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Sulphur.

Other tomes: Potter

Symbol.—S.

Preparations: Precipitated sulphur, flower of sulphur and sulphur lotum or washed sulphur.

Properties: Antiseptic, parasiticide and laxative.

Physiological action: If given in large, doses breath will have the odor of sulphur and it will also be excreted through the pores with perspiration staining the underwear yellow. If used for some time, it will produce general muscular weakness, anemia and impair the blood in general. May also produce eruptions of the skin, eczema, etc., if used too long.

Indications: A change or want of pigment of skin and hair. Dirty, sallow, brownish skin with bluish urine. Rapid loss of color in hair may indicate sulphur. Persistent cough, mucous rales, sputum tough and hard to raise if accompanied by foregoing indications or some. of them. In cramps in calf of legs, especially after going to bed, in old and middle aged women. For internal use the trituration of sulphur lotum is preferable.

Use: In dyspepsia of scrofulous persons, with bad breath and bad taste, and a feeling of fullness in the stomach after meals. As a laxative it is useful in cases where there is deficient intestinal secretion with hard and impacted feces. Of use in rectal ulcers, fissures and hemorrhoids. A good remedy in many skin diseases if indicated. In scabies it is our best remedy. In many cases of anemic condition it is indicated. Where iron has not the desired effect use sulphur or both. Sulphur, iron and lime assist to make red blood corpuscles; if sulphur is lacking, iron will not relieve anemic conditions. In falling out of hair it will often act promptly, especially if alternated with silica. In sterility with cutaneous eruptions and where there is no congenital or organic cause it acts well. In case where iron is needed but desired effects not obtained if alternated with small doses of sulphur happy results are often obtained. The average dose is about 2 to 5 grains of the 1st trituration 1 to 3 times a day.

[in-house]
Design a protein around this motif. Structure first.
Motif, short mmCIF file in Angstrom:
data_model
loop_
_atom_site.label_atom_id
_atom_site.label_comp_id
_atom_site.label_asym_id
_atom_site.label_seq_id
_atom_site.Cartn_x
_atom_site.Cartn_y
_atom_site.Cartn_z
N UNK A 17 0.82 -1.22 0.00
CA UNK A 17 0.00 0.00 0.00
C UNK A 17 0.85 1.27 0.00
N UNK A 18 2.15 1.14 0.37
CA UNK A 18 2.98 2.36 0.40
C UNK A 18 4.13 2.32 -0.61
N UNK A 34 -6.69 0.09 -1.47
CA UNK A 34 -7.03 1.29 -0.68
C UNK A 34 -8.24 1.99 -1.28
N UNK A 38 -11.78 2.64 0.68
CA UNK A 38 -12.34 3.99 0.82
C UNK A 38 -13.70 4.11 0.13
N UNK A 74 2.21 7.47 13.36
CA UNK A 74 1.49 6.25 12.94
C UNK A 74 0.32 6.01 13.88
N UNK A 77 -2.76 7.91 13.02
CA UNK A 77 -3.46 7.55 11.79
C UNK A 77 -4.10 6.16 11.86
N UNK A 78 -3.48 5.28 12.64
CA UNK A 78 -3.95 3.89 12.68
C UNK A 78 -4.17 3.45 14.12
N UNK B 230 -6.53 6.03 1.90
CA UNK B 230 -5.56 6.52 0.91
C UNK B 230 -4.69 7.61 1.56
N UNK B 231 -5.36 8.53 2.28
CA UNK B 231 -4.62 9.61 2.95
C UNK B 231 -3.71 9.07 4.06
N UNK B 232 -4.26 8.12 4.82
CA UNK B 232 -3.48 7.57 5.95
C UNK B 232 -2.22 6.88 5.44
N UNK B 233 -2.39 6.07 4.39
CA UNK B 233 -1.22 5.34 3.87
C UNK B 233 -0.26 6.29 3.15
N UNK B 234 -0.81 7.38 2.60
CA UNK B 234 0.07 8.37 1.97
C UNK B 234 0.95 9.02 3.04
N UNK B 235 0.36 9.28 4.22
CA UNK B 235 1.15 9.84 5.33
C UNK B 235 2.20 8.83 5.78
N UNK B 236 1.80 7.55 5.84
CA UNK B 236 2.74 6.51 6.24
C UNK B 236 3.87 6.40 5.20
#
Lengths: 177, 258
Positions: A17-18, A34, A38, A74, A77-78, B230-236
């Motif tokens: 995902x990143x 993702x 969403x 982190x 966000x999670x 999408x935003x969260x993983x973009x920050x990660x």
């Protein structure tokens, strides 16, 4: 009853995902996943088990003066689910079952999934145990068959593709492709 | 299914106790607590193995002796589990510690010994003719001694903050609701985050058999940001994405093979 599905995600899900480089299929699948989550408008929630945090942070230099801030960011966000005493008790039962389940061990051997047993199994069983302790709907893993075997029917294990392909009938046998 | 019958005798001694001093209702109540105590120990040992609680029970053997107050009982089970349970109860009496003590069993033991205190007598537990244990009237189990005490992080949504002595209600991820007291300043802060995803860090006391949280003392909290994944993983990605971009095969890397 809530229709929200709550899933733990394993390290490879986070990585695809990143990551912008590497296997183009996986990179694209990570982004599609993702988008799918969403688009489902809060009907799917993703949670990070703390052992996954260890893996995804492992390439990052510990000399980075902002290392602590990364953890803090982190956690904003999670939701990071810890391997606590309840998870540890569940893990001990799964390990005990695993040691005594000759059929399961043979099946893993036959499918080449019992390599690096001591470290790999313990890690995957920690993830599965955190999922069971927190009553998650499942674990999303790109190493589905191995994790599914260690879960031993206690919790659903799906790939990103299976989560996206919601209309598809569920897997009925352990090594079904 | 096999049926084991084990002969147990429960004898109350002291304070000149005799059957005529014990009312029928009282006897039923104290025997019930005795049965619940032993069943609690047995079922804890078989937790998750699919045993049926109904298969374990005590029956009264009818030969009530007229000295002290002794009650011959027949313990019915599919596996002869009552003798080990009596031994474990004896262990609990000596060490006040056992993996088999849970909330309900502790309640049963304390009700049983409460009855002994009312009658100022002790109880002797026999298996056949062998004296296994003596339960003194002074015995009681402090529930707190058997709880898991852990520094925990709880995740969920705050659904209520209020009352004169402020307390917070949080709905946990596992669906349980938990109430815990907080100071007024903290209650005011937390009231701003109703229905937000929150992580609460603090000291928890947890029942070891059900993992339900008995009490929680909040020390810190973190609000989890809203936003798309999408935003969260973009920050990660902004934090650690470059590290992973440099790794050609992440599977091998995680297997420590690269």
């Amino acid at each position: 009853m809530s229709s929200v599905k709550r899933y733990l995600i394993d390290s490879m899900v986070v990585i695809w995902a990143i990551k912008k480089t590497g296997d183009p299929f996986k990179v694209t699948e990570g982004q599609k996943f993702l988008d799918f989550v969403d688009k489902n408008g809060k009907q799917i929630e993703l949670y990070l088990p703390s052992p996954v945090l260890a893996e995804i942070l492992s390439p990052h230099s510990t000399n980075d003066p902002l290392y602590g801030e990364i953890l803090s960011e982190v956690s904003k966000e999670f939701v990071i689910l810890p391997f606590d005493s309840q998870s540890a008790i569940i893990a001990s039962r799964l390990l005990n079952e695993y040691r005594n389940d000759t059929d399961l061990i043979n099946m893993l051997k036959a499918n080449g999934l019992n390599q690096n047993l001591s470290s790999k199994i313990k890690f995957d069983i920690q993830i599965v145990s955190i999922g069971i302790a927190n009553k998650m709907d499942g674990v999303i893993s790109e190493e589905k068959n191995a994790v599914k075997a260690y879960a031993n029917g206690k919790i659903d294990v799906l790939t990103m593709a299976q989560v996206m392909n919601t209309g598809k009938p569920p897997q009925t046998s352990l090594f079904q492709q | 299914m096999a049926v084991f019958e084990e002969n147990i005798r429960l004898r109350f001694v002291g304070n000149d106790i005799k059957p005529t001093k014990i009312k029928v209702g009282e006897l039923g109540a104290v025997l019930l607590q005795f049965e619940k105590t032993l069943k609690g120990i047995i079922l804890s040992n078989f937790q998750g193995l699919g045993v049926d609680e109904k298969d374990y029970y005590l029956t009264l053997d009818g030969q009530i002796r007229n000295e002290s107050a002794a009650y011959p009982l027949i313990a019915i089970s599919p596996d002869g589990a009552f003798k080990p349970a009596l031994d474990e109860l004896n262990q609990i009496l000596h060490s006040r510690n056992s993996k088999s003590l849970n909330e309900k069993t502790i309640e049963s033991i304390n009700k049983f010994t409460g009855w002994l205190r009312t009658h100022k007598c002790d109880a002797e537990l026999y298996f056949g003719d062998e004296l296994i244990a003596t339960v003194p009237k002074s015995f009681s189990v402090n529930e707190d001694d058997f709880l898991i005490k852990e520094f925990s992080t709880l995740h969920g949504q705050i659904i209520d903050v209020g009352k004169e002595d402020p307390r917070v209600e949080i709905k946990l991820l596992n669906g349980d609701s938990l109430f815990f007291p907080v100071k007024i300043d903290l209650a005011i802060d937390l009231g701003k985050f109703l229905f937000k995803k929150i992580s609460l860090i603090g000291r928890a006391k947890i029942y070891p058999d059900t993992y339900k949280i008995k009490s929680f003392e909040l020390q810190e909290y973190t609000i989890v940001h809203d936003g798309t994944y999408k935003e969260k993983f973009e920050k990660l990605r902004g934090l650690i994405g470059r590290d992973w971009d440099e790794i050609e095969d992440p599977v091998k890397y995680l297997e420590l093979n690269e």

The Materia Medica and Clinical Therapeutics, 1905, was written by Fred J. Petersen, M.D.



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